The global economic crisis and the shifting power-base of world sport have left the International Olympic Committee facing a difficult decision.
In Kuala Lumpur on Friday the IOC membership will cast their vote to decide the host city for the 2022 Winter Olympics.
In normal times, the election of an Olympic host city is a hotly-contested event with the candidates hosting lavish receptions and turning on the charm offensive to win the right to stage one of the biggest festivals in world sport.
But not this time. There are only two candidates, both somewhat unlikely; Beijing and Almaty, Kazakhstan, ensuring that Asia will host three Olympics in a row after Pyeongchang, South Korea was awarded the 2018 Winter Games and Tokyo the 2020 Summer Games.
For the IOC, it is a double-edged sword. The appeal of taking the biggest events to Asia, home to more than half of the world's population and boasting the fastest growing regional economy in the world, is obvious and irresistible.
But it is the lack of interest from other parts of the world that worries the IOC. Four different candidates from Europe originally entered the bidding race, but all dropped out, mostly because of the escalating costs.
Last week, Tokyo were forced to scrap their plans for their new national stadium, which will be the centrepiece of the 2020 Summer Games, for a cheaper version.
This week, Boston pulled out of the running for the 2024 Summer Games, two years even before the vote takes place.
The IOC has already taken steps to address the issue, introducing a range of new reforms at the end of last year, called Olympic Agenda 2020.
Designed to make the bidding and staging of the Olympics much cheaper, they will kick in for the 2024 bidding race although both Beijing and Almaty have already embraced elements in their proposed plans.
"There are positive signs that we are moving in the right direction," the IOC president Thomas Bach said.
"Olympic Agenda 2020 gives us a clear vision of where we are headed, how we can protect the uniqueness of the Olympic Games and strengthen Olympic values in society.
"But this is not the time to look back - our focus has to be on the road ahead."
For the IOC, the choice between Beijing and Almaty is still a tricky one. The Chinese capital is the clear favourite but it's not quite the David v Goliath battle most would expect.
Money is not a problem for either candidate. Both have rapidly growing economies and a lot of the facilities already in place.
Beijing has a proven record, having hosted the Summer Olympics in 2008. If chosen for 2022, Beijing would become the first city to host both the Summer and Winter Olympics.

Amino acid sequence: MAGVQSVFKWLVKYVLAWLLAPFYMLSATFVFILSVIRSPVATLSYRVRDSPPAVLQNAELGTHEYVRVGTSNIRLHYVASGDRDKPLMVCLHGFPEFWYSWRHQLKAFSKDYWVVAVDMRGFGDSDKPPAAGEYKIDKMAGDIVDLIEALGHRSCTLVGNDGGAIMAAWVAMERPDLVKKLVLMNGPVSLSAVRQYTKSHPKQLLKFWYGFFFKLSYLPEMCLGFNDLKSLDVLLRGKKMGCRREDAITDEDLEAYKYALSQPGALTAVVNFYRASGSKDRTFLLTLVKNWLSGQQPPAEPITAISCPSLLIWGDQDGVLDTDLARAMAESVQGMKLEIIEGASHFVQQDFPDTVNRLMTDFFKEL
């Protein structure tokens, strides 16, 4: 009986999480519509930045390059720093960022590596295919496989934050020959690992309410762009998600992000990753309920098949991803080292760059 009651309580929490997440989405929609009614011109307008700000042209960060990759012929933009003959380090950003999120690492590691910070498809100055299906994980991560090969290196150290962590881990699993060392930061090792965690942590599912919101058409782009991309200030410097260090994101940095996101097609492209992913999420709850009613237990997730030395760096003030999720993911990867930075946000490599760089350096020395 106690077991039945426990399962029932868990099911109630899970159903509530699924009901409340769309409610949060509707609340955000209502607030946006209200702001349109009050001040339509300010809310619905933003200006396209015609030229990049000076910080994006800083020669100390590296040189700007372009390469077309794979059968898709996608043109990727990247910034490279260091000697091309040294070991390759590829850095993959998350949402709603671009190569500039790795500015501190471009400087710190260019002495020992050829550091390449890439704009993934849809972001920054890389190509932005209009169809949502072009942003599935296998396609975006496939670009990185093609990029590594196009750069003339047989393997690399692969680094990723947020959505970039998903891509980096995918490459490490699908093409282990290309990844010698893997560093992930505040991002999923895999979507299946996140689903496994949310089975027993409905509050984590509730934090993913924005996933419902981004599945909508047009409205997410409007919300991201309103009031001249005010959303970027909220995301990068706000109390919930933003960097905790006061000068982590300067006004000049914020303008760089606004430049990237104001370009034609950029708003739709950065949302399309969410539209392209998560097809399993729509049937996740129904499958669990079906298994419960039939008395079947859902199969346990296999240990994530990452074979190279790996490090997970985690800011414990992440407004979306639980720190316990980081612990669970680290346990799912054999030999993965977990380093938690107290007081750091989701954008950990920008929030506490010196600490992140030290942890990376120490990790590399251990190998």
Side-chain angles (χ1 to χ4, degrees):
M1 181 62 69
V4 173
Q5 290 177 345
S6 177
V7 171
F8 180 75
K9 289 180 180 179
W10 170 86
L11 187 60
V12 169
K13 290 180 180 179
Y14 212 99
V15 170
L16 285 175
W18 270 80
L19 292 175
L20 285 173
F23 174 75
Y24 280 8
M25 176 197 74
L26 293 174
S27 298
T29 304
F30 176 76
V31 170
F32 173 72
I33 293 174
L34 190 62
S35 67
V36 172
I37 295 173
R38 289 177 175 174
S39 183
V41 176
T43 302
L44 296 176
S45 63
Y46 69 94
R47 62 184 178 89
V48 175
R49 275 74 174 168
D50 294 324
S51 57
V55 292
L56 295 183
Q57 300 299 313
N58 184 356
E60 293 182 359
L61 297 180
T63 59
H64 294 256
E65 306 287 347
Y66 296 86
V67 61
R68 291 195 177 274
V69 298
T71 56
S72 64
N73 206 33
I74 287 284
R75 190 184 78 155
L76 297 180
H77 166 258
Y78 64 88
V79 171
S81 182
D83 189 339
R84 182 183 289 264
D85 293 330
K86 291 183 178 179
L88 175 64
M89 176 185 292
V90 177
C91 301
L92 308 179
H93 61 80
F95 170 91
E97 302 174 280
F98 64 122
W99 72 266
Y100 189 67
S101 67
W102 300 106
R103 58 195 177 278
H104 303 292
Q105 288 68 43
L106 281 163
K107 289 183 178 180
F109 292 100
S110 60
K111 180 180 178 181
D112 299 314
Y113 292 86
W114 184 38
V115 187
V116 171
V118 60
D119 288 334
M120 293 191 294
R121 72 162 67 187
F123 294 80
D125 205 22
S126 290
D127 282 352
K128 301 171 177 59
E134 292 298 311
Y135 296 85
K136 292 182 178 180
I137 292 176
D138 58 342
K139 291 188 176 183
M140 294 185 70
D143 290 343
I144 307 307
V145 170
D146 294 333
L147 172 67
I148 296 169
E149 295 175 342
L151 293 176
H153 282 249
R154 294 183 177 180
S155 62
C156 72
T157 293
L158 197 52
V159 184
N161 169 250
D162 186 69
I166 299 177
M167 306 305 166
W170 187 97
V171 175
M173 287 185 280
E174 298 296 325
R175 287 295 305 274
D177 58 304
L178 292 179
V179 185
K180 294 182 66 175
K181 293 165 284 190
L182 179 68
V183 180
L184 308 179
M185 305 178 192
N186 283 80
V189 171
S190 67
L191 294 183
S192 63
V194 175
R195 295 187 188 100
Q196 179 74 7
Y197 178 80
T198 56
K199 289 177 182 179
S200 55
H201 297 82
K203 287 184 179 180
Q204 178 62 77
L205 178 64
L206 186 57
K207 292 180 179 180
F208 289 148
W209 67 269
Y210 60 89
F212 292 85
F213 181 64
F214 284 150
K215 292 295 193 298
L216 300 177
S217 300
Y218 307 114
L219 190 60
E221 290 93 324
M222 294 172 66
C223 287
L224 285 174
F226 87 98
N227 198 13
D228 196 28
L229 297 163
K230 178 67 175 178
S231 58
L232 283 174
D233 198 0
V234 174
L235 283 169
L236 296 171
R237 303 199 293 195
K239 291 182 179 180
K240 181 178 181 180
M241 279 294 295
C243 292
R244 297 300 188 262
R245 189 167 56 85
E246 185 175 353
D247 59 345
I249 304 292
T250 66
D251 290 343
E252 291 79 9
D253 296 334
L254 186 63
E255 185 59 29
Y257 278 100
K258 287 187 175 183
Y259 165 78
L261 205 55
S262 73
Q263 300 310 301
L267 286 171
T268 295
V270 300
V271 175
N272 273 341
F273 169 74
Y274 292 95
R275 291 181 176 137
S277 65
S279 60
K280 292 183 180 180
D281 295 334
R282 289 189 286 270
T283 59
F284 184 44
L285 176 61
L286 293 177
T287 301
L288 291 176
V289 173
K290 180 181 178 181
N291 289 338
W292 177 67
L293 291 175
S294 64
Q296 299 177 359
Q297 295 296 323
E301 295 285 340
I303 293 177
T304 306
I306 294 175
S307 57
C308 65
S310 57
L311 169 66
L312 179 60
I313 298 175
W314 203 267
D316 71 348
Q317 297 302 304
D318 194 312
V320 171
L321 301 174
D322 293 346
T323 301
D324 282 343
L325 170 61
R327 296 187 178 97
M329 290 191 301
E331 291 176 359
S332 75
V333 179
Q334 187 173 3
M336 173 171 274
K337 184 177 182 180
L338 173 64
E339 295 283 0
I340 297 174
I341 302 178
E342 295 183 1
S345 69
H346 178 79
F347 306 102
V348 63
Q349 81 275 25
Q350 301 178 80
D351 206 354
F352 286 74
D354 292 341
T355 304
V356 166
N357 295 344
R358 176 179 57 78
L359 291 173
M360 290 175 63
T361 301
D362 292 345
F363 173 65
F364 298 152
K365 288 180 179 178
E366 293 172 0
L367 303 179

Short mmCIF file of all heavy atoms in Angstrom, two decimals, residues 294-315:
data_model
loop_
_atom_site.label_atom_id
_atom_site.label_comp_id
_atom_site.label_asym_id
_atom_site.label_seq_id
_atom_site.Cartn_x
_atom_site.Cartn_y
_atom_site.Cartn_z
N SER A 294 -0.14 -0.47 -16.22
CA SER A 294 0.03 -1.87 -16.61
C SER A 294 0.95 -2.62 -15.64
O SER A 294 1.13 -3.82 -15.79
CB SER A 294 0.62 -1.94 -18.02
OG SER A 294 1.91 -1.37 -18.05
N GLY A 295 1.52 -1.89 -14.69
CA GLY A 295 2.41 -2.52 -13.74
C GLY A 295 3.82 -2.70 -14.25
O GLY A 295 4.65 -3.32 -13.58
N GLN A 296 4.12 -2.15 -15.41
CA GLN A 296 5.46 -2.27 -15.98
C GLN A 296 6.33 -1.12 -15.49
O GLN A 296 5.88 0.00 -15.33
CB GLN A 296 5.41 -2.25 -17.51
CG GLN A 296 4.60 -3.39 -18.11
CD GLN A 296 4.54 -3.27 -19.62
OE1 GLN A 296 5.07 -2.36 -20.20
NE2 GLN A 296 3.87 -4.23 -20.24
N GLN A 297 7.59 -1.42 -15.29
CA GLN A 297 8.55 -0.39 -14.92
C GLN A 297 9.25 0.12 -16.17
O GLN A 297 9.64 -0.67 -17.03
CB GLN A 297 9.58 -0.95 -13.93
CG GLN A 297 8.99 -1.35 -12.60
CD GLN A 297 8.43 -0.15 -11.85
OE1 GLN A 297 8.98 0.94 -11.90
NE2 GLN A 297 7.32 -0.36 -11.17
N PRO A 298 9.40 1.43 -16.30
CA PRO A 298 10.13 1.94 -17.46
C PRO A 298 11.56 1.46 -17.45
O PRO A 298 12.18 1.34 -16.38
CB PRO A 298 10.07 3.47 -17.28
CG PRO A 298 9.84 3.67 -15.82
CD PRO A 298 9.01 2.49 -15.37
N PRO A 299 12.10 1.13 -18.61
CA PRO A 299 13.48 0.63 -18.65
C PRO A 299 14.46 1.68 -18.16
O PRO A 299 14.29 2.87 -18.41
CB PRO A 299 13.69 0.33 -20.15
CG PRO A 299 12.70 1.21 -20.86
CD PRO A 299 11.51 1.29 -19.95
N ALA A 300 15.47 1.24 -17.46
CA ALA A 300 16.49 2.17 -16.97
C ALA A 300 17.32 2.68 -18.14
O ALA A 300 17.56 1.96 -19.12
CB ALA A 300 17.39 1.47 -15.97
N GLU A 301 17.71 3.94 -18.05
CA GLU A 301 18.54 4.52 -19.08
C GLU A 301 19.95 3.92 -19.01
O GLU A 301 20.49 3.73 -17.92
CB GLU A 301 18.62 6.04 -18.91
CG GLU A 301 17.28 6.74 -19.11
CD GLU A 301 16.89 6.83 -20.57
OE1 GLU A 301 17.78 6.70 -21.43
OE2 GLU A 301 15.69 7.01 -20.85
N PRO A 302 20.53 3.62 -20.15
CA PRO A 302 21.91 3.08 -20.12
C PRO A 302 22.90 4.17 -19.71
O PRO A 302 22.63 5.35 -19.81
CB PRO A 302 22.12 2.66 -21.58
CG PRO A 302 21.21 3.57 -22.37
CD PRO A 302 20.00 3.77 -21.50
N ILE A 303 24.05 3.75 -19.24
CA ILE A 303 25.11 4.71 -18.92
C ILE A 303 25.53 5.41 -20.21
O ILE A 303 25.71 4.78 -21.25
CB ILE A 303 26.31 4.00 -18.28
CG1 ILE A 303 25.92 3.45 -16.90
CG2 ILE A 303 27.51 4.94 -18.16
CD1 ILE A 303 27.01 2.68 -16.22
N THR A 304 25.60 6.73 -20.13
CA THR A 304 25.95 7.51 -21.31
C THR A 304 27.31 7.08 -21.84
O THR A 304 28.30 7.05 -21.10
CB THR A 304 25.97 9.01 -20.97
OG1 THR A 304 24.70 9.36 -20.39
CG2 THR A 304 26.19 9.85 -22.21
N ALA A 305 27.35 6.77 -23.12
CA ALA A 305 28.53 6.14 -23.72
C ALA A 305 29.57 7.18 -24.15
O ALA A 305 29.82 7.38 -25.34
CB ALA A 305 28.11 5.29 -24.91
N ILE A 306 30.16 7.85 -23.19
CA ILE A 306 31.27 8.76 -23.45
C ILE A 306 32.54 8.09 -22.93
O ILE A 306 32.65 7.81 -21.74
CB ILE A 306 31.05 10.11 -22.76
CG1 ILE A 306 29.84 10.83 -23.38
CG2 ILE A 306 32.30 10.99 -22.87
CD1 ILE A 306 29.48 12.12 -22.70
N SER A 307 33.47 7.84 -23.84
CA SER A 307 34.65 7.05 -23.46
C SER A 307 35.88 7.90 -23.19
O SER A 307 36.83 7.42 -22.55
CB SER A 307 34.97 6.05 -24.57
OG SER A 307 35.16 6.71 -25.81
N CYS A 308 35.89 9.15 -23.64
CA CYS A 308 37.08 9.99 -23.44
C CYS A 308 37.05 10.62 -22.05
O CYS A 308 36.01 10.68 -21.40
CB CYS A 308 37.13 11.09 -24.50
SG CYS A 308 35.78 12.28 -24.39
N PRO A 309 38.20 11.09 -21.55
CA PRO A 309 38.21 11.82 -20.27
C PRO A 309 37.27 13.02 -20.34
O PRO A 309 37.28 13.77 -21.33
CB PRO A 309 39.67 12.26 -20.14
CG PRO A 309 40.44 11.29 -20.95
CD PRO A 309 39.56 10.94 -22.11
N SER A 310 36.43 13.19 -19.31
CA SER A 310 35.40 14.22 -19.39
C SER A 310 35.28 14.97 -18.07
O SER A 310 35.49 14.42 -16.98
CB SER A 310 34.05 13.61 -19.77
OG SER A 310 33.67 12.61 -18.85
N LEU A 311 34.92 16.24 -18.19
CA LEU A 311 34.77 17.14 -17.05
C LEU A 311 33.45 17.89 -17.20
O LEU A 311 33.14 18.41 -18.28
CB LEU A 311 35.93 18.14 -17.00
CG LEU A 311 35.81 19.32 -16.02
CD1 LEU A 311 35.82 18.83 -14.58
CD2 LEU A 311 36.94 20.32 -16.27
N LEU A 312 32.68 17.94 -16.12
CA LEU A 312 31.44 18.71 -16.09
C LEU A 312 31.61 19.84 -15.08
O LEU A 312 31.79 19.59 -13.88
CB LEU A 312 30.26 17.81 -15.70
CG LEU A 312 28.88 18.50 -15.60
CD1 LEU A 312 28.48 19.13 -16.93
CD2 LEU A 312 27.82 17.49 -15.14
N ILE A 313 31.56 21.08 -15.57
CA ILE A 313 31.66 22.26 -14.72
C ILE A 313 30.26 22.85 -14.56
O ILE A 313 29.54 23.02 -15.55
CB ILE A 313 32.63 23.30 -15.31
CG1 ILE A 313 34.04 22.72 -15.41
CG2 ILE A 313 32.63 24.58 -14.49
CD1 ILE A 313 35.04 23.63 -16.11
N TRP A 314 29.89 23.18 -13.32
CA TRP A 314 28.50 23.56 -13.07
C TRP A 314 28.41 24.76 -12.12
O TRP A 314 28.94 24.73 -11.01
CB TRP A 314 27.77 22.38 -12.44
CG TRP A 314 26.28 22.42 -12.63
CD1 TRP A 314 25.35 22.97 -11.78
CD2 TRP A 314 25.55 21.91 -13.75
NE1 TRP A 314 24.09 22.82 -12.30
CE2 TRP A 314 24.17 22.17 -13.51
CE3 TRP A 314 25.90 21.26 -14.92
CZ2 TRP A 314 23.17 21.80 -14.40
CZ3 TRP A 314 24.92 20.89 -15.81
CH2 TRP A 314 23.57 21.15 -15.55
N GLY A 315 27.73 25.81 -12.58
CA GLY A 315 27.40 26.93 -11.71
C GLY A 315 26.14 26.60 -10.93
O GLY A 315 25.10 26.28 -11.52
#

The bidding committee plans to use many of the buildings that hosted events in 2008 for the indoor ice events in 2022, but the outdoor events present more problems.
The two mountain venues, Yanqing and Zhangjiakou, are 60 and 140 kilometers away, and can only be reached by an as-yet unbuilt high-speed train.
And the mountains don't get enough natural snow for the alpine events, forcing organisers to cover the slopes with tonnes of man-made flakes.
Almaty, by comparison, is a winter wonderland. Nestled in Central Asia, the financial capital of Kazakhstan is surrounded by 4,000 metre mountains in the Tien Shan ranges.
The second-largest former Soviet oil producer after Russia, Kazakhstan bid for the 2014 Winter Olympics but failed to make it past the first round and hopes that winning the vote this time will help develop businesses beyond the energy sector as oil prices fall.
"This bid is about more than sport for us," Almaty 2022 vice-chairman Andrey Kryukov said. "It's about our future."
One sure thing the IOC knows is that it will be criticised for whichever city it picks with human rights bodies heavily critical of both candidates.
The IOC has for years been criticised by human rights groups, most notably after awarding the Summer Games to Beijing in 2008 and the Winter Games to Russia's Sochi in 2014, but has since added anti-discrimination clauses to the host city contract.
"In all these talks we made it very clear what our responsibility is and what the limits are. This responsibility is to ensure that the Principles of the Olympic Charter and the Host City Contract are fully respected in the context of the Olympic Games," Bach said.
"That means for all participants and for all directly Olympic-related issues. This includes among many other matters the principles of non-discrimination and the right to freely report from the Olympic Games.
"Outside the context of the Olympic Games the IOC has to respect the laws of sovereign states. The IOC is not a world Government. Governments have their own responsibilities."